Writing in American Journal of Epidemiology scientists from University of Otago Medical School wanted to find out if participation in the New Zealand milk-in-schools program had led to the decreased rates of colon cancer.
From 1937 to 1967, the government-funded program provided 1 half-pint (284 ml) bottle of full-cream milk free each day to the majority of school children in New Zealand. The generations in New Zealand who participated in the milk-in-schools program were born from 1932 to 1962.
According to the scientists, previous research suggested that calcium intake for adults can reduce the risk of recurrent adenoma, a benign tumor that has a glandular origin. However the researchers said the effect of childhood dietary calcium intake on their initial development is currently unknown.
The findings suggest that participation in school milk programs was associated with 30 per cent lower chance of getting bowel cancer.
Results were more significant for those who consumed more milk. A 2.1 per cent reduction was reported in the odds ratio for every 100 half-pint of bottles drunk at school.
The researchers claim that the calcium in milk can prevent the development of adenoma through mechanisms such as the protection from toxic bile acids and promotion of cellular differentiation.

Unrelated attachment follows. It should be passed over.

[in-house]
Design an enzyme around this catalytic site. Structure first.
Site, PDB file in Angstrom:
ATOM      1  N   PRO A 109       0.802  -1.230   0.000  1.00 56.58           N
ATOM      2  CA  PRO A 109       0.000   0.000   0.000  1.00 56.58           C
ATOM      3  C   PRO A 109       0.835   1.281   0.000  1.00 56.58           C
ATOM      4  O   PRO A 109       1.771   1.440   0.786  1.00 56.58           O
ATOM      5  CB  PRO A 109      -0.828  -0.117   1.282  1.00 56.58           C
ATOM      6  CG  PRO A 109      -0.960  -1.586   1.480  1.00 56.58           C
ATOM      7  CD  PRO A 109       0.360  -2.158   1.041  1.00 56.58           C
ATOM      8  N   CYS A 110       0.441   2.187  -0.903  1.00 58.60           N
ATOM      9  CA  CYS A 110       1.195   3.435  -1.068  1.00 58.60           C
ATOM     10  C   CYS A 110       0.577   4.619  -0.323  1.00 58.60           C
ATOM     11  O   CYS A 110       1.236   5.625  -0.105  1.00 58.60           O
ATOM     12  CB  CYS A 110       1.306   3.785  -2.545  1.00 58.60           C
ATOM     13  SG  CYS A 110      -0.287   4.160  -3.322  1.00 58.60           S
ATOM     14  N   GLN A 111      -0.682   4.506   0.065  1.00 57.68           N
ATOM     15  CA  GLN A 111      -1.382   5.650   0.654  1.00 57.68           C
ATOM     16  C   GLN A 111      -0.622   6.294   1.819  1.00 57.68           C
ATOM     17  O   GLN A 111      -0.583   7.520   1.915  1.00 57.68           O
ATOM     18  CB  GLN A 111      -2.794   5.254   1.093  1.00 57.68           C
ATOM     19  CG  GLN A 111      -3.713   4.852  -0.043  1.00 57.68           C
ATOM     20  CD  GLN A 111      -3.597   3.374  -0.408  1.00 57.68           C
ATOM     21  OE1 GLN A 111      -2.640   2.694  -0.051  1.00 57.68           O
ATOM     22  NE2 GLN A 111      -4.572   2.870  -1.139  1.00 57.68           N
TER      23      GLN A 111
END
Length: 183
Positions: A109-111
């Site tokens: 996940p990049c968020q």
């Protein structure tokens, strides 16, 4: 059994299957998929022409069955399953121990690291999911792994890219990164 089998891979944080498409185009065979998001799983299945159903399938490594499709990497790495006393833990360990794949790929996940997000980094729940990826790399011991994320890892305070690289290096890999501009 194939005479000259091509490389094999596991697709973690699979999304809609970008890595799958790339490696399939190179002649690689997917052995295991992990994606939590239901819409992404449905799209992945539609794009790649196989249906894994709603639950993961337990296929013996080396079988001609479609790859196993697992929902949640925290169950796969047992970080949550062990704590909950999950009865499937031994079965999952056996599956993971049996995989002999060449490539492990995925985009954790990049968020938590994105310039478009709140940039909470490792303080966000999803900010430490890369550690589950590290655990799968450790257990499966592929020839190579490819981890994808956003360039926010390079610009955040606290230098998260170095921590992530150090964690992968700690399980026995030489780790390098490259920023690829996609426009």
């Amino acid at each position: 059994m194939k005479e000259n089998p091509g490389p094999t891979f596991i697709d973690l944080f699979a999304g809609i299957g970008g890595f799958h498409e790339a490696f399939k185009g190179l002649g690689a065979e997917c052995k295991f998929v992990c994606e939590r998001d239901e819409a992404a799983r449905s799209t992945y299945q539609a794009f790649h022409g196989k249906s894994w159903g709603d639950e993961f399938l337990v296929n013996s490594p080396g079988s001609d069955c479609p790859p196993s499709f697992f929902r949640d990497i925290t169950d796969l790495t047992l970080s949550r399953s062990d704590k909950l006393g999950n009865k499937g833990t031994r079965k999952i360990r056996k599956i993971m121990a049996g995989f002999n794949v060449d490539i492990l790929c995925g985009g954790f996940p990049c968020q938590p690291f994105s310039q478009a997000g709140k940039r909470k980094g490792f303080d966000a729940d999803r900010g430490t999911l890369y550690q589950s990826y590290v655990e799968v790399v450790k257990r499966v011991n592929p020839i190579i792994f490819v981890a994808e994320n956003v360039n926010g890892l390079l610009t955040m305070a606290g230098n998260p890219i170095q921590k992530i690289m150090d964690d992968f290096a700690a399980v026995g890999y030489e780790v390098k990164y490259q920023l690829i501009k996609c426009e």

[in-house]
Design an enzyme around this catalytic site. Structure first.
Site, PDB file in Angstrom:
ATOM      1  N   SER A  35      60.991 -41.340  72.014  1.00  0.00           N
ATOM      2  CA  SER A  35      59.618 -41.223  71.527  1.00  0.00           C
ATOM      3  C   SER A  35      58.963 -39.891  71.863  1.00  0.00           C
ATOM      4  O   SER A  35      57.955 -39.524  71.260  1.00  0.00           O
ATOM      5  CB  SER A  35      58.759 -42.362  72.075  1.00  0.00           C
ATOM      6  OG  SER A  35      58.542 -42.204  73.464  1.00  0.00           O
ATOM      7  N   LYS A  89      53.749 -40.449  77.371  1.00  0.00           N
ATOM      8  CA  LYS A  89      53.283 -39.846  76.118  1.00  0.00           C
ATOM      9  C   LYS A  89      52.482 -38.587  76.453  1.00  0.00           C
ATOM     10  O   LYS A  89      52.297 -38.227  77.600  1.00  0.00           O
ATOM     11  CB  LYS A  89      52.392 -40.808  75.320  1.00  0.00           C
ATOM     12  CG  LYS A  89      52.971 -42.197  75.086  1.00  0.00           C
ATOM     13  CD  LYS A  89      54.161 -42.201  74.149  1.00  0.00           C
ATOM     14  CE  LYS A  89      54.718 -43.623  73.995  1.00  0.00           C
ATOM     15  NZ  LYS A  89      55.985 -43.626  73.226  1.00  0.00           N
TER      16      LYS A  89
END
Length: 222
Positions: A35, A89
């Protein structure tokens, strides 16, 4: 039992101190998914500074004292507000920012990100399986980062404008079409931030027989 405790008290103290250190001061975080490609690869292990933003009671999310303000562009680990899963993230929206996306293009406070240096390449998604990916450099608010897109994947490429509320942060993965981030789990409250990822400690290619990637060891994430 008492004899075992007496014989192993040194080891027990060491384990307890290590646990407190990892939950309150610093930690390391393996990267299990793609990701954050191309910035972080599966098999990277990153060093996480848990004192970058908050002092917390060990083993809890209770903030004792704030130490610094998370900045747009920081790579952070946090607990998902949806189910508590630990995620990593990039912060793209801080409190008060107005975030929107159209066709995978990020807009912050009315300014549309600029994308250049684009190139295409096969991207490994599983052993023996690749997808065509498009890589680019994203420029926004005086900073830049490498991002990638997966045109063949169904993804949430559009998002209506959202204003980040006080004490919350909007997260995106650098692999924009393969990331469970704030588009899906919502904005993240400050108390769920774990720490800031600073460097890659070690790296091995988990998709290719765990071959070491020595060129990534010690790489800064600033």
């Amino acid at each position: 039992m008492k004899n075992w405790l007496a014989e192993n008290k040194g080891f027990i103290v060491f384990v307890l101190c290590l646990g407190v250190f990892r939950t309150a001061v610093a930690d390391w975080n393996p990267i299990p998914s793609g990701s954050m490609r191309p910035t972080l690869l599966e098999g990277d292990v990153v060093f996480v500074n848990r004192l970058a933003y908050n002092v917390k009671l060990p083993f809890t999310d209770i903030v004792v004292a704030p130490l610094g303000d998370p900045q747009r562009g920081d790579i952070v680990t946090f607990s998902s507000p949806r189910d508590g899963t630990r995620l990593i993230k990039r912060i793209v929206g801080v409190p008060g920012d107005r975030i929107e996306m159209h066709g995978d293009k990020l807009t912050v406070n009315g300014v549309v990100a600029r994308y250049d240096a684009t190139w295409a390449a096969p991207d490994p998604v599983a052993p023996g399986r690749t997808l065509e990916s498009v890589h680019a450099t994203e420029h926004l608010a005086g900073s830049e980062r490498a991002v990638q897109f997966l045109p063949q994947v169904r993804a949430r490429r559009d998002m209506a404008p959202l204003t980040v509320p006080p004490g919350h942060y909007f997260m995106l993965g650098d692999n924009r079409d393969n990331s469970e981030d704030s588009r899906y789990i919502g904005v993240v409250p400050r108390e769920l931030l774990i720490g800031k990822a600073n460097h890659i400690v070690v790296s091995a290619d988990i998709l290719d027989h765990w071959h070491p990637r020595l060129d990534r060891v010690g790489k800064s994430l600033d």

Some adenomas are thought to develop in young adulthood, and their prevalence increases with age, according to the scientists.
“Further etiologic studies of colorectal cancer should examine the effects of childhood milk consumption or calcium intake, and childhood diet overall, in addition to adult diet. In addition, the biologic mechanisms by which childhood milk consumption may reduce risk of colorectal cancer should be explored,” said the researchers.
Methodology and results
The study compared 562 cases and 571 controls. Each was randomly selected from the electoral rolls and frequency matched to cases in 5-year age groups.
Each participant was questioned on their health and lifestyle habits. The subjects were also asked about their previous school milk participation and other childhood milk consumption and dietary preferences, including the total quantity they drunk per week.
Significantly reduced adjusted odds ratios were found for all three measures of school milk consumption for those without a history of ulcerative colitis or Crohn’s disease and for those born in New Zealand.
A significant reduction in the risk of colorectal cancer with increasing frequency of consumption of dairy products other than school milk from the ages of 5–12 years was observed, but not from ages 13–18 years.
Source: American Journal of Epidemiology
Published online ahead of print: doi:10.1093/aje/kwq390
School Milk and Risk of Colorectal Cancer: A National Case-Control Study
Authors: B. Cox and M. J. Sneyd